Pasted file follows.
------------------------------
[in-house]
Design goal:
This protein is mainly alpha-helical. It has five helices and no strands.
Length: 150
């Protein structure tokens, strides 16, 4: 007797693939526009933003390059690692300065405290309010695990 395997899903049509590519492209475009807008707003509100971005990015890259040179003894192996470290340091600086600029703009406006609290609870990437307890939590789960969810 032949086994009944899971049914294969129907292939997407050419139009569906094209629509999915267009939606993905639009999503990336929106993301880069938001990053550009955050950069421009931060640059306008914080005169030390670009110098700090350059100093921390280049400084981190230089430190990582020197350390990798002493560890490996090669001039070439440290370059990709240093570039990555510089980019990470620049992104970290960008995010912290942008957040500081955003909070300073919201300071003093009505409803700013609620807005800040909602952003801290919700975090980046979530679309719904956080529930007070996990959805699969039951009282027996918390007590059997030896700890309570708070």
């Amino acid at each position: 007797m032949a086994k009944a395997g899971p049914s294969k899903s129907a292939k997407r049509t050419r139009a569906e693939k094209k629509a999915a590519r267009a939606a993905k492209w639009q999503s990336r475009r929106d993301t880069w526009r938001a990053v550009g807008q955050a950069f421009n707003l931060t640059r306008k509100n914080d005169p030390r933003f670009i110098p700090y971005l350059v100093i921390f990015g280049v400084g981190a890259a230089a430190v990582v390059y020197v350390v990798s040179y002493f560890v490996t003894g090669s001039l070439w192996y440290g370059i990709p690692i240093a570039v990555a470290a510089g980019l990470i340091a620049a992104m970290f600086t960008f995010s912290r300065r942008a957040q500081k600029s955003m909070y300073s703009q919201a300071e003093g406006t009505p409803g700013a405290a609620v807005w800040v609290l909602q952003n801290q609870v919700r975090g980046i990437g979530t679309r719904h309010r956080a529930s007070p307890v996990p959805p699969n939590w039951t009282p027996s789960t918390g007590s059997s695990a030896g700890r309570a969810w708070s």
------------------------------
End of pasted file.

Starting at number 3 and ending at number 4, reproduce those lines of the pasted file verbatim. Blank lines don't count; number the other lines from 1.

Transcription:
This protein is mainly alpha-helical. It has five helices and no strands.
Length: 150